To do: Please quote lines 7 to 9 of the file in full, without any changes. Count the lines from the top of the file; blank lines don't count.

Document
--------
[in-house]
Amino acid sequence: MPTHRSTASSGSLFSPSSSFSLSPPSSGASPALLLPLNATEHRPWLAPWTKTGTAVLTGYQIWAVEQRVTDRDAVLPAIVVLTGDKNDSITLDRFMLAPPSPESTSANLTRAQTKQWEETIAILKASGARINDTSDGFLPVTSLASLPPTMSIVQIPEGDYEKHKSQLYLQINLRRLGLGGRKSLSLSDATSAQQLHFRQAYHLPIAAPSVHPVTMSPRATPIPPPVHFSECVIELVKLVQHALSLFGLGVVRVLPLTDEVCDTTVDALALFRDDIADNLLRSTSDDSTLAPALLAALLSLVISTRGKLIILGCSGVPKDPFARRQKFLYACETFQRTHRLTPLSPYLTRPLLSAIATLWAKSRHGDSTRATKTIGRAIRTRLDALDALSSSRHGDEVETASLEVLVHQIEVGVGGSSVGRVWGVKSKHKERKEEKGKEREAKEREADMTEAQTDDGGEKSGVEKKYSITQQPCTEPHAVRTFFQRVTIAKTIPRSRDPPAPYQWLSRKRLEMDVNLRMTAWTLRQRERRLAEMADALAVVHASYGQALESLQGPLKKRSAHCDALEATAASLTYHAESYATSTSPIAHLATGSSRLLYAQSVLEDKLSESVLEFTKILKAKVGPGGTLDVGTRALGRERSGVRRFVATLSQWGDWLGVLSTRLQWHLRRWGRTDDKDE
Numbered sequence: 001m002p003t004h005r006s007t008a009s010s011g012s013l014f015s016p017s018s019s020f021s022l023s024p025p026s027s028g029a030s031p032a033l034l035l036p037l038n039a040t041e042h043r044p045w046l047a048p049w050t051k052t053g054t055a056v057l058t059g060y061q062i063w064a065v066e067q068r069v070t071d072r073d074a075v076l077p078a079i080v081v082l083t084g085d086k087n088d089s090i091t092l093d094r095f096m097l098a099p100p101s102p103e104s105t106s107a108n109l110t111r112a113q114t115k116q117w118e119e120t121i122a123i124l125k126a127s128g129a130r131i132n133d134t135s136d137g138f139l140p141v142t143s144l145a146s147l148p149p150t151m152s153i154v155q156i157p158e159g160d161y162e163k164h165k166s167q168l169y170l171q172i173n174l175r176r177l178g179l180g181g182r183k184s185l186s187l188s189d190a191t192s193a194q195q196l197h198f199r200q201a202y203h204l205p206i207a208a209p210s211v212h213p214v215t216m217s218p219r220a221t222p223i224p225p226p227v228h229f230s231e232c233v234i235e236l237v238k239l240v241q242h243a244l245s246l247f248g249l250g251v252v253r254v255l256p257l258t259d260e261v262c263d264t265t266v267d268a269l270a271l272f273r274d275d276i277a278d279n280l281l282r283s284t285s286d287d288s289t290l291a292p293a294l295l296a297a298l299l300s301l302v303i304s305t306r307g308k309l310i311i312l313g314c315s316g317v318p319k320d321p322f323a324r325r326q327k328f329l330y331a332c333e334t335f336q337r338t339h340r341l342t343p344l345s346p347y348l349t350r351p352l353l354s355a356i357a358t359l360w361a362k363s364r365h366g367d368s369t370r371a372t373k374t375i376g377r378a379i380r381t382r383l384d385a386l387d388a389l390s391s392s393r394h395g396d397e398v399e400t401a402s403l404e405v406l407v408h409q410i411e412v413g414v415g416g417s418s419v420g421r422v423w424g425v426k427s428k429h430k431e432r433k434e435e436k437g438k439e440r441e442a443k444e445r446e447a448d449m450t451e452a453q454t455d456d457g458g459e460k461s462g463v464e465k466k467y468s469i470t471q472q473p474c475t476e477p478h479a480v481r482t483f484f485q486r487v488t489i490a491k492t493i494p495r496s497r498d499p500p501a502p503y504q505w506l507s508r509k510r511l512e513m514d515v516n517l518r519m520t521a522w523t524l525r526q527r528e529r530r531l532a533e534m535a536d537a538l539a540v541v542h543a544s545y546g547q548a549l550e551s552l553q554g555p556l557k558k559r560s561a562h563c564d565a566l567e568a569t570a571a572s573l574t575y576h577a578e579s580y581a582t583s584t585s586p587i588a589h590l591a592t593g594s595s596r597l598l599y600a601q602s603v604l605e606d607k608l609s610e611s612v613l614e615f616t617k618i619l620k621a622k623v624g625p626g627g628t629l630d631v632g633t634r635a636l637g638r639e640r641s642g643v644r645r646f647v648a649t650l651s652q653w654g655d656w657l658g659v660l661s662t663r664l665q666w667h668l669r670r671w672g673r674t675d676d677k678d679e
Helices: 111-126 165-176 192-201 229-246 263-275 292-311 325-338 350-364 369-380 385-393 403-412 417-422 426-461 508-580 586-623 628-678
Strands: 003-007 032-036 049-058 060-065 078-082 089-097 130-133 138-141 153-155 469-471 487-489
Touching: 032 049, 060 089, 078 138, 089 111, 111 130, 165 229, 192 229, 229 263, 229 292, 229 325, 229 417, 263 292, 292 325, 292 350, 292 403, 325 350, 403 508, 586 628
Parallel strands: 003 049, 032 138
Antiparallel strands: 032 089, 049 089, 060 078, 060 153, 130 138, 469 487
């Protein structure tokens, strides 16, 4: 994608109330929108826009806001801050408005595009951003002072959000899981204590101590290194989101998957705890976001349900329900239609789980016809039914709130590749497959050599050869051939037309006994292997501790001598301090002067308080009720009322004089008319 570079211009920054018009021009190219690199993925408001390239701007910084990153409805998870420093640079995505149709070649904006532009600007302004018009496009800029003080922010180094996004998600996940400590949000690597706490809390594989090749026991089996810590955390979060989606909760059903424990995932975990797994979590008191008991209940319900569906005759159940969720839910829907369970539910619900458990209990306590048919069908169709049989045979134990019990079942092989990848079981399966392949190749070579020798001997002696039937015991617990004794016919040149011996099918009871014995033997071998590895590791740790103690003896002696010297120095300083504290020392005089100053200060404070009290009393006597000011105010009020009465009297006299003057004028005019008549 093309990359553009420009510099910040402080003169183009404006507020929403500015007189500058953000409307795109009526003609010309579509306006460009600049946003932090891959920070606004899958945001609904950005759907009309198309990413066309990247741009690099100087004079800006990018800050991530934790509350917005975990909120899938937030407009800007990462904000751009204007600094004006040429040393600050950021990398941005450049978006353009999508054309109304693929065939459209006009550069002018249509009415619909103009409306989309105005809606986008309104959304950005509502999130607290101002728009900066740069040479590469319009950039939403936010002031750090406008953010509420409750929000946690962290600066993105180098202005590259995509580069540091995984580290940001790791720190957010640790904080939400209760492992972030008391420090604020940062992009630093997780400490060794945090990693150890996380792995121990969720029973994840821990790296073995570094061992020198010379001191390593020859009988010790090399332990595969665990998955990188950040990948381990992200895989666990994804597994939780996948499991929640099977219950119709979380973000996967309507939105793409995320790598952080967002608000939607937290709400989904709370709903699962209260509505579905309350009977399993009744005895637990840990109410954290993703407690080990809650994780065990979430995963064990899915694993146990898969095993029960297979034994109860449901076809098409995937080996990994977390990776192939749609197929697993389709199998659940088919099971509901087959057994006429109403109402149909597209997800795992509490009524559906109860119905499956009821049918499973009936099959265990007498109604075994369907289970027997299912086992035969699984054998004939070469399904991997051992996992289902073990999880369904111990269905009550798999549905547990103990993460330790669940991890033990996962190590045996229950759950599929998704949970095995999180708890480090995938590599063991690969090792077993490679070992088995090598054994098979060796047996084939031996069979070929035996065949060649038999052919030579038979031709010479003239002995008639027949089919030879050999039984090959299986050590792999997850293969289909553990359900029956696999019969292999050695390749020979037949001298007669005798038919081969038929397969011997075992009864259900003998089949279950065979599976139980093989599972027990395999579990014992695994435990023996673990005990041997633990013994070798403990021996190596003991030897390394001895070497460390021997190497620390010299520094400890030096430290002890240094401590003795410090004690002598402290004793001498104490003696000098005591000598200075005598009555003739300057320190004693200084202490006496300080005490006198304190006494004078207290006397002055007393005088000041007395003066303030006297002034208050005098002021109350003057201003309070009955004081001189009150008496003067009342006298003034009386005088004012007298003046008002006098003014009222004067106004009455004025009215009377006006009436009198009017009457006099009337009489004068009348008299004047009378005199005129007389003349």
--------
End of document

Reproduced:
Parallel strands: 003 049, 032 138
Antiparallel strands: 032 089, 049 089, 060 078, 060 153, 130 138, 469 487
């Protein structure tokens, strides 16, 4: 994608109330929108826009806001801050408005595009951003002072959000899981204590101590290194989101998957705890976001349900329900239609789980016809039914709130590749497959050599050869051939037309006994292997501790001598301090002067308080009720009322004089008319 570079211009920054018009021009190219690199993925408001390239701007910084990153409805998870420093640079995505149709070649904006532009600007302004018009496009800029003080922010180094996004998600996940400590949000690597706490809390594989090749026991089996810590955390979060989606909760059903424990995932975990797994979590008191008991209940319900569906005759159940969720839910829907369970539910619900458990209990306590048919069908169709049989045979134990019990079942092989990848079981399966392949190749070579020798001997002696039937015991617990004794016919040149011996099918009871014995033997071998590895590791740790103690003896002696010297120095300083504290020392005089100053200060404070009290009393006597000011105010009020009465009297006299003057004028005019008549 093309990359553009420009510099910040402080003169183009404006507020929403500015007189500058953000409307795109009526003609010309579509306006460009600049946003932090891959920070606004899958945001609904950005759907009309198309990413066309990247741009690099100087004079800006990018800050991530934790509350917005975990909120899938937030407009800007990462904000751009204007600094004006040429040393600050950021990398941005450049978006353009999508054309109304693929065939459209006009550069002018249509009415619909103009409306989309105005809606986008309104959304950005509502999130607290101002728009900066740069040479590469319009950039939403936010002031750090406008953010509420409750929000946690962290600066993105180098202005590259995509580069540091995984580290940001790791720190957010640790904080939400209760492992972030008391420090604020940062992009630093997780400490060794945090990693150890996380792995121990969720029973994840821990790296073995570094061992020198010379001191390593020859009988010790090399332990595969665990998955990188950040990948381990992200895989666990994804597994939780996948499991929640099977219950119709979380973000996967309507939105793409995320790598952080967002608000939607937290709400989904709370709903699962209260509505579905309350009977399993009744005895637990840990109410954290993703407690080990809650994780065990979430995963064990899915694993146990898969095993029960297979034994109860449901076809098409995937080996990994977390990776192939749609197929697993389709199998659940088919099971509901087959057994006429109403109402149909597209997800795992509490009524559906109860119905499956009821049918499973009936099959265990007498109604075994369907289970027997299912086992035969699984054998004939070469399904991997051992996992289902073990999880369904111990269905009550798999549905547990103990993460330790669940991890033990996962190590045996229950759950599929998704949970095995999180708890480090995938590599063991690969090792077993490679070992088995090598054994098979060796047996084939031996069979070929035996065949060649038999052919030579038979031709010479003239002995008639027949089919030879050999039984090959299986050590792999997850293969289909553990359900029956696999019969292999050695390749020979037949001298007669005798038919081969038929397969011997075992009864259900003998089949279950065979599976139980093989599972027990395999579990014992695994435990023996673990005990041997633990013994070798403990021996190596003991030897390394001895070497460390021997190497620390010299520094400890030096430290002890240094401590003795410090004690002598402290004793001498104490003696000098005591000598200075005598009555003739300057320190004693200084202490006496300080005490006198304190006494004078207290006397002055007393005088000041007395003066303030006297002034208050005098002021109350003057201003309070009955004081001189009150008496003067009342006298003034009386005088004012007298003046008002006098003014009222004067106004009455004025009215009377006006009436009198009017009457006099009337009489004068009348008299004047009378005199005129007389003349």